NEW YORK (CNNMoney) -- U.S. stocks rose Monday but finished below their highest levels of the day, as investors turned cautious following reports that Standard and Poor's may put eurozone nations on notice for possible downgrades.
After rising about 1.5% earlier in the trading day, all three major indexes trimmed those gains. The Dow Jones industrial average () finished up 78 points, or 0.7%, the S&P 500 ( ) added 13 points, or 1% and Nasdaq ( ) rose 29 points, or 1.1%.
Bank stocks were among the biggest winners, with JPMorgan Chase (Fortune 500) and Bank of America ( , Fortune 500) posting the best gains on the Dow. Shares of Citigroup ( , Fortune 500), Morgan Stanley ( , Fortune 500) and Goldman Sachs ( , Fortune 500) also also gained ground.,
The morning's optimism began to fade after a report in the Financial Times suggested that Standard and Poor's would put Germany, France, the Netherlands, Austria, Finland and Luxembourg -- all AAA-rated members of the eurozone -- on "creditwatch negative," meaning that the countries have a 50% chance of being downgraded within 90 days.
Following Monday's closing bell, S&P placed 15 out of 17 eurozone members on review for a possible downgrade. The day's action did not affect Greece, whose current rating reflects high risk of default, or the Republic of Cyprus, which was already on watch.
Stocks started what could be a pivotal week for Europe's debt crisis on a more positive note, as the prospects of an end to the debt saga grew after the leaders of France and Germany agreed on a new fiscal pact that they say will prevent another debt crisis.
French President Nicolas Sarkozy and German Chancellor Angela Merkel met Monday morning in Paris and agreed on a new pact they say will enforce fiscal discipline in the eurozone and prevent another debt crisis in the future.
Sarkozy and Merkel said they would like all 27 members of the European Union to adopt the pact, which would require amending or rewriting existing EU treaties.
Sarkozy outlined the basic elements of the pact, which he said will be presented in detail at the EC meeting later this week.
As the European debt crisis continues to cloud global markets, the region's leaders are meeting throughout the week, which culminates with a two-day European Council summit to talk about rewriting European Union treaties.
"This week will likely see either an agreement to bind Eurozone nations' fiscal policies together with irrevocable, enforceable institutions or the beginning of the end for the single currency," said Brian Dolan, chief currency strategist at Forex.com.
While European leaders and policymakers have left investors disappointed time and time again, Dolan said "they must recognize by now that markets have run out of patience."
Investors are optimistic that if European leaders stay on the track toward a fiscal union, European Central Bank president Mario Draghi will follow through with the "other elements" he hinted at last week, said Dolan.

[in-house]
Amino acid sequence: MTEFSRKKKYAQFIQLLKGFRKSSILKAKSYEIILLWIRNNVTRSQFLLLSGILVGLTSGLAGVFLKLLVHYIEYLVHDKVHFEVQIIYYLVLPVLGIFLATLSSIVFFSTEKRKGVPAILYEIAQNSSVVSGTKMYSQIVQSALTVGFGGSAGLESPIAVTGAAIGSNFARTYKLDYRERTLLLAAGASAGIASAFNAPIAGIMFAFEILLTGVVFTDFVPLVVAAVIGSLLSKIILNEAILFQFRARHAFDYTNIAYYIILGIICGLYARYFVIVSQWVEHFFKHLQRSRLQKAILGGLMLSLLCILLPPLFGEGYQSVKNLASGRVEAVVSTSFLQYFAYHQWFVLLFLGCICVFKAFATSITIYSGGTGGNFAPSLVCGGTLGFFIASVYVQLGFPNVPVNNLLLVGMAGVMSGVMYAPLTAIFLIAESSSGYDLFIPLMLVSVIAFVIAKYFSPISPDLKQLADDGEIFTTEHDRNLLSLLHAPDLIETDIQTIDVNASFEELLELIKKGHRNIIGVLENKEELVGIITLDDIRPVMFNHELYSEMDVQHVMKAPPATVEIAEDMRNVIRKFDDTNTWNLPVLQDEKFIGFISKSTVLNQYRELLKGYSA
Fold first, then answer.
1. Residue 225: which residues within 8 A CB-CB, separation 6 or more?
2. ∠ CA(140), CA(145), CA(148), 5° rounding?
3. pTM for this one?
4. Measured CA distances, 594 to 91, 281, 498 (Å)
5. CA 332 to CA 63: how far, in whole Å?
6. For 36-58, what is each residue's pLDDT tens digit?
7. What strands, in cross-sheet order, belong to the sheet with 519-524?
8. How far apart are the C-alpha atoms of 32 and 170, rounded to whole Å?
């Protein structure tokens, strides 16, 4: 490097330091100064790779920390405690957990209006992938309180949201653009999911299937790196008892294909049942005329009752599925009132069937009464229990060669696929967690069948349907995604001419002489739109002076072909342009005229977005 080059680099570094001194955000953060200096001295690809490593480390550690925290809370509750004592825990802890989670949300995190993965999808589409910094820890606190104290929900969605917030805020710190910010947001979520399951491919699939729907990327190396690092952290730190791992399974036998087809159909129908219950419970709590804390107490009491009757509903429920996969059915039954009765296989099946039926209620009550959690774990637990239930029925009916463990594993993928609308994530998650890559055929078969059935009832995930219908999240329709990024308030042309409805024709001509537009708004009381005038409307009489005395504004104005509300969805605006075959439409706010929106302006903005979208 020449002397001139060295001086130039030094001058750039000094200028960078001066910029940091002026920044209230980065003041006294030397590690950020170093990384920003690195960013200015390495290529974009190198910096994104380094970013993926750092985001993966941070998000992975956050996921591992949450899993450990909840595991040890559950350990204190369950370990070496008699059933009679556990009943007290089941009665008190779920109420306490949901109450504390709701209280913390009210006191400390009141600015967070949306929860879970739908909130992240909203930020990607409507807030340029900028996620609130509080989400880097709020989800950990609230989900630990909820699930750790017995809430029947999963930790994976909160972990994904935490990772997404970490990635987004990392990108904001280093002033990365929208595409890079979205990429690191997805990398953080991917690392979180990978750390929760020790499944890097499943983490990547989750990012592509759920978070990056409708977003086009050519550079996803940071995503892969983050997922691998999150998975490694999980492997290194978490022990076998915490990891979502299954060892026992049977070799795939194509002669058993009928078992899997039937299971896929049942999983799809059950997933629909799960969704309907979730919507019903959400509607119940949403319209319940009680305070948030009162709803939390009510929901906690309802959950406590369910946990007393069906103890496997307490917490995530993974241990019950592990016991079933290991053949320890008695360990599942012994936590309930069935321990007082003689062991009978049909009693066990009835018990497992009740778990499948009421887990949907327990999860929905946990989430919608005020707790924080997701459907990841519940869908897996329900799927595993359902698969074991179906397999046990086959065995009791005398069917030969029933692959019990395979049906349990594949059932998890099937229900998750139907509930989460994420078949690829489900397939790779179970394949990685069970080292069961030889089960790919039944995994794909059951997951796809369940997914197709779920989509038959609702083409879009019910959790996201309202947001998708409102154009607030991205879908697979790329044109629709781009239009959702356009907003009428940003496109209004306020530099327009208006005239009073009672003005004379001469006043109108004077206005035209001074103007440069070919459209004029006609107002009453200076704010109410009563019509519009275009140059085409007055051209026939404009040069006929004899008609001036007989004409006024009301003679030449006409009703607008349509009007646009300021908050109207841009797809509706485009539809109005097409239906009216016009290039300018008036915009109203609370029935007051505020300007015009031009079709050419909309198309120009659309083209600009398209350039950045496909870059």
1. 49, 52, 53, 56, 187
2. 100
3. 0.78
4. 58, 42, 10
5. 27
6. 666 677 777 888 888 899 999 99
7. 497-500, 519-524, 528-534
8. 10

If European leaders can see eye to eye on the details of a fiscal pact, "the ECB seems prepared to provide interim support to EU debt markets, likely forestalling an immediate confidence and liquidity crisis," said Dolan.
The Dow rallied 7% -- its biggest weekly gain since July 2009; while the S&P 500 climbed 7.4% -- its best weekly performance since March 2009. The Nasdaq rose 7.6%, delivering its second-best weekly rise this year.
World markets: On Monday, Italy's new prime minister, Mario Monti, presented a budget proposal for €30 billion ($41 billion) in new taxes and spending cuts over two years. The proposal, which includes reductions to future pensions, is aimed at ending a budget crisis that has clouded the future of Europe's common currency.
The news pushed the yield on the 10-year Italian bond below 6% Monday. For weeks, the 10-year yield has been stuck around the uncomfortable 7% mark.
European stocks finished with modest gains. Britain's FTSE 100 () edged up 0.4%, the DAX ( ) in Germany rose 0.6% and France's CAC 40 ( ) added 1.4%.
After European markets closed, the International Monetary Fund's board said it had approved a €2.2. billion loan disbursement to Greece as part of a 3-year IMF-EU bailout package.
Asian markets ended mixed. The Shanghai Composite () fell 1.6%, while the Hang Seng ( ) in Hong Kong ticked up 0.7% and Japan's Nikkei ( ) rose 0.6%.
Economy: Factory orders for the month of October are slipped 0.4%, as expected by economists surveyed by Briefing.com.
November's ISM Non-Manufacturing Index fell to 52 in November, from 52.9 the prior month. Economists were expecting a reading of 53.4.
Companies: Shares of SuccessFactors Inc. ( ) surged after German software maker SAP ( ) agreed to buy the company for $3.4 billion in cash. Shares of Taleo ( ), SuccessFactors' rival, also spiked.
Dollar General's (Fortune 500) stock edged higher after the company's quarterly profit topped expectations. The retailer also raised its guidance for the year.,
Shares of Taiwanese phone maker HTC were down sharply ahead of a ruling on a key Apple patent suit. On Tuesday, a six-member panel at the International Trade Commission in Washington will rule on whether HTC's phones had violated two Apple ( , Fortune 500) patents.
Oil for January delivery rose 3 cents to settle at $100.99 a barrel.
Gold futures for February delivery fell $15.80 to settle at $1,735.50 an ounce.
Bonds: The price on the benchmark 10-year U.S. Treasury was lower, pushing the yield up to 2.05% from 2.04% late Friday.
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